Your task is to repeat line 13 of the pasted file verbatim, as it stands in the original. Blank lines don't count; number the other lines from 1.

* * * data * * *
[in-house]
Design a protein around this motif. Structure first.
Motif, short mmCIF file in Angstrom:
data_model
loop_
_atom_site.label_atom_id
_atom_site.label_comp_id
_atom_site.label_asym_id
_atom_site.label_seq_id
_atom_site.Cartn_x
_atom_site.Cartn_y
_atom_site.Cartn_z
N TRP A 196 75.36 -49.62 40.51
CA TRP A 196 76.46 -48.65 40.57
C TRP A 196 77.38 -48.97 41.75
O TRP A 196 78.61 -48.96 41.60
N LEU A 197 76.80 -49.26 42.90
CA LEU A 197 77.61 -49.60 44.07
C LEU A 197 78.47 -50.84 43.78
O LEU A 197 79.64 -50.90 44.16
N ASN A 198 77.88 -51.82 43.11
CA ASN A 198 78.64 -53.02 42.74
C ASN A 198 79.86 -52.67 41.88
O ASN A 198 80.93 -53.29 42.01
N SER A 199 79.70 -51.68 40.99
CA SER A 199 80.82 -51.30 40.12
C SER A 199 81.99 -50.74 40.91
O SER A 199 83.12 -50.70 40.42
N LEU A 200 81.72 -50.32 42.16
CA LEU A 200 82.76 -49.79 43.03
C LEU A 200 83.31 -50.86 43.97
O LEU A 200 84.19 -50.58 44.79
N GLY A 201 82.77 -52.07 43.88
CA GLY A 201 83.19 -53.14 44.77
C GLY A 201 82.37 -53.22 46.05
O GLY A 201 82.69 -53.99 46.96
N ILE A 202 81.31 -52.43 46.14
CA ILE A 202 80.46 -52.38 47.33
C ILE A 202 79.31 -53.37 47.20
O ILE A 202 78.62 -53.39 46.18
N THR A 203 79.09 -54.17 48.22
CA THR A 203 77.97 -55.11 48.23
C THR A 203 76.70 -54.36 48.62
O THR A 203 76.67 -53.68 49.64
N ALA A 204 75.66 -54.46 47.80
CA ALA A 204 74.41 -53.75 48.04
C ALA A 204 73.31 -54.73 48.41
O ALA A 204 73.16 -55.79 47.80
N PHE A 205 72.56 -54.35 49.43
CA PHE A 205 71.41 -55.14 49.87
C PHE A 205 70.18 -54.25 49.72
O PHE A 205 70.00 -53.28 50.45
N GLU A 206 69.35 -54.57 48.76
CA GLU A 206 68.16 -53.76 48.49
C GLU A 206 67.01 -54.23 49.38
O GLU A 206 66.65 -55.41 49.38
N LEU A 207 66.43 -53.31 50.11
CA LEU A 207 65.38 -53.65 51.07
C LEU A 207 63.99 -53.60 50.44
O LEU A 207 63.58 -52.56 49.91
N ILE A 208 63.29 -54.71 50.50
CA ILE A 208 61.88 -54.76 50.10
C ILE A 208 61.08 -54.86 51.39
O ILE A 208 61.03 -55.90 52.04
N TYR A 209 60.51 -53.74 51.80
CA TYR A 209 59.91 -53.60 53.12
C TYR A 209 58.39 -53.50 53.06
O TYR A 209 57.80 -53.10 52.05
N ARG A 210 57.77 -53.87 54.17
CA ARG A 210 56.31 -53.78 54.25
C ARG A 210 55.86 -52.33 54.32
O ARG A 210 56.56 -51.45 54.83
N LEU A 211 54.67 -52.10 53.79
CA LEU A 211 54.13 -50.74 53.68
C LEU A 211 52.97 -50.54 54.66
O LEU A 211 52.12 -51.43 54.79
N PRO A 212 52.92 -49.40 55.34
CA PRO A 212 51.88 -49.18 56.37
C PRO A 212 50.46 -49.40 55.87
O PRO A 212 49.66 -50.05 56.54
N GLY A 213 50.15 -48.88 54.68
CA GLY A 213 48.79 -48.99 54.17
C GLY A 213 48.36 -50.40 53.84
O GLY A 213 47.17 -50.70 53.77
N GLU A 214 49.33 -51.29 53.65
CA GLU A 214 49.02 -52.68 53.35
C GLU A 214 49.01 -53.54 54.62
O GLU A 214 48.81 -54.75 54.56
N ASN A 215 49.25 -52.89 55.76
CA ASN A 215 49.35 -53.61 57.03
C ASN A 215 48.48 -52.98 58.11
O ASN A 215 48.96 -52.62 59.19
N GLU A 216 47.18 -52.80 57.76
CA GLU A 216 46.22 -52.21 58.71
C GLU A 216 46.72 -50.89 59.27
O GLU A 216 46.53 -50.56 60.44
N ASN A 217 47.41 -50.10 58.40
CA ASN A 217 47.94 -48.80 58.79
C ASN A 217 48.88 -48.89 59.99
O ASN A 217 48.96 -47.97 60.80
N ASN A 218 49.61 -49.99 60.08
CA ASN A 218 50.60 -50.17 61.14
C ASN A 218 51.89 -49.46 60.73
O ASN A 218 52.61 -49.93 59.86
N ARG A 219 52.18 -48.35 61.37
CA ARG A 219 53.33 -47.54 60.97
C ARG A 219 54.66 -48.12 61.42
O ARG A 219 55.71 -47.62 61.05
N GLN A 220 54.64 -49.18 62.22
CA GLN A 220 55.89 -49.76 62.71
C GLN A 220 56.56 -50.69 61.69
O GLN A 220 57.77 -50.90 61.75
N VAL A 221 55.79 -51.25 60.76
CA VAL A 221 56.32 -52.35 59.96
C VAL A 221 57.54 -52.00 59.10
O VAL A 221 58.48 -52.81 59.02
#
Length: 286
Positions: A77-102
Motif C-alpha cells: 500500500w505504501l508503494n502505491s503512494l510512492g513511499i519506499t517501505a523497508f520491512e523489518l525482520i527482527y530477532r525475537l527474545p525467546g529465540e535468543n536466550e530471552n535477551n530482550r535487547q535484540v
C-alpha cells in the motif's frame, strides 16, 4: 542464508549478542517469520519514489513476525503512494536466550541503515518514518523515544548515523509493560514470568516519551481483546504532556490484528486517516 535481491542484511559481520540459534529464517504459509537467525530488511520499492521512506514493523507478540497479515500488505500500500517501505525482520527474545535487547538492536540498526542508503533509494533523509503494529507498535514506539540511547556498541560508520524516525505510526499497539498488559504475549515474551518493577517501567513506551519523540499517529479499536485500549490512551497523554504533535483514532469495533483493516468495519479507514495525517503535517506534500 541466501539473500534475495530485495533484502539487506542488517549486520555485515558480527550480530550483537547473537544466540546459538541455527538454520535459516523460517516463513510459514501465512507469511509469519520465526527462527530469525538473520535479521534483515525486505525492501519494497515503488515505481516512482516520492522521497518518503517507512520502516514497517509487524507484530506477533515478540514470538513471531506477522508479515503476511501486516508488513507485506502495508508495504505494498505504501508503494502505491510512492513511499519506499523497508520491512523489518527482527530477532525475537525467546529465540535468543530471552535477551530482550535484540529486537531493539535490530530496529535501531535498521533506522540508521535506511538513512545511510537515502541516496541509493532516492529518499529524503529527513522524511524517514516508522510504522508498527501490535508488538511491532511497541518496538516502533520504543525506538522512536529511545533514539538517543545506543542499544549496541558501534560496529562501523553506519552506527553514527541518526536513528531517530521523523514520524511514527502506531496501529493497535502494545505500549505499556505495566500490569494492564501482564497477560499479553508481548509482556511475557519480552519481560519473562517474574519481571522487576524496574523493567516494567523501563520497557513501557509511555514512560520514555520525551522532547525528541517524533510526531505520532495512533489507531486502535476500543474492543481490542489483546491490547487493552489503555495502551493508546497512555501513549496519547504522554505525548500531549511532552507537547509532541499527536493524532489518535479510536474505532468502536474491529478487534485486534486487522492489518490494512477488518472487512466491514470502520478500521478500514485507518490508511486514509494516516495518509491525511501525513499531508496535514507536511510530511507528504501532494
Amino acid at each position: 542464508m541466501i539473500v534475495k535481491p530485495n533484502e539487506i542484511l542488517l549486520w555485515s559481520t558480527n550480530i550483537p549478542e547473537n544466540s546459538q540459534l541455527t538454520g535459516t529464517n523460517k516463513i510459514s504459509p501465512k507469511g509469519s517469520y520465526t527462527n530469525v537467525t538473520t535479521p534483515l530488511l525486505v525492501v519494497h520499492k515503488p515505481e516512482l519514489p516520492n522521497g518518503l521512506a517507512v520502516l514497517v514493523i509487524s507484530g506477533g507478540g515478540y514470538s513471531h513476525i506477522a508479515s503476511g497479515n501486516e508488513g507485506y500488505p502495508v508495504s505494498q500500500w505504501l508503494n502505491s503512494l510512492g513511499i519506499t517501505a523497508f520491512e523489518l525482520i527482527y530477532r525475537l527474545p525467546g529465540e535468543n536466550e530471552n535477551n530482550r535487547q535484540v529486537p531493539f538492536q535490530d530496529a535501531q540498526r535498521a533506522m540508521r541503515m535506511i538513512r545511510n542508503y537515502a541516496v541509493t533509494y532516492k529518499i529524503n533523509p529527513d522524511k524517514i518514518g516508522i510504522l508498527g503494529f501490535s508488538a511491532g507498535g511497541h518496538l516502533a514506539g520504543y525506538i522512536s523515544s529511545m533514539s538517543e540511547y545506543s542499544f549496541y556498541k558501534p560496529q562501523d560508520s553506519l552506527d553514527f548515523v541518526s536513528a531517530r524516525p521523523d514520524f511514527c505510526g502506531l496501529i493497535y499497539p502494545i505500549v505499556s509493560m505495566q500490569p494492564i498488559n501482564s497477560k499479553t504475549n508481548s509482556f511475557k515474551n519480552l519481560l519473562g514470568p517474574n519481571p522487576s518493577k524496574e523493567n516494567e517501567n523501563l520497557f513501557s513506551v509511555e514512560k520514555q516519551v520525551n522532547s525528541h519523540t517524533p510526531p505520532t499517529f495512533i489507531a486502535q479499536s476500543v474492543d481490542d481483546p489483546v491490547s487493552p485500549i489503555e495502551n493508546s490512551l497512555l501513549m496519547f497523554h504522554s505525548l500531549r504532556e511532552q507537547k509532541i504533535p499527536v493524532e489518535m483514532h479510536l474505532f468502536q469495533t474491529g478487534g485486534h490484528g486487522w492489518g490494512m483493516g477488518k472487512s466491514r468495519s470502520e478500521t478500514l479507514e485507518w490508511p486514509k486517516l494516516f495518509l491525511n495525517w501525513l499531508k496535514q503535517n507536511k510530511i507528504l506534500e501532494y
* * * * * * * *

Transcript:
N TRP A 196 75.36 -49.62 40.51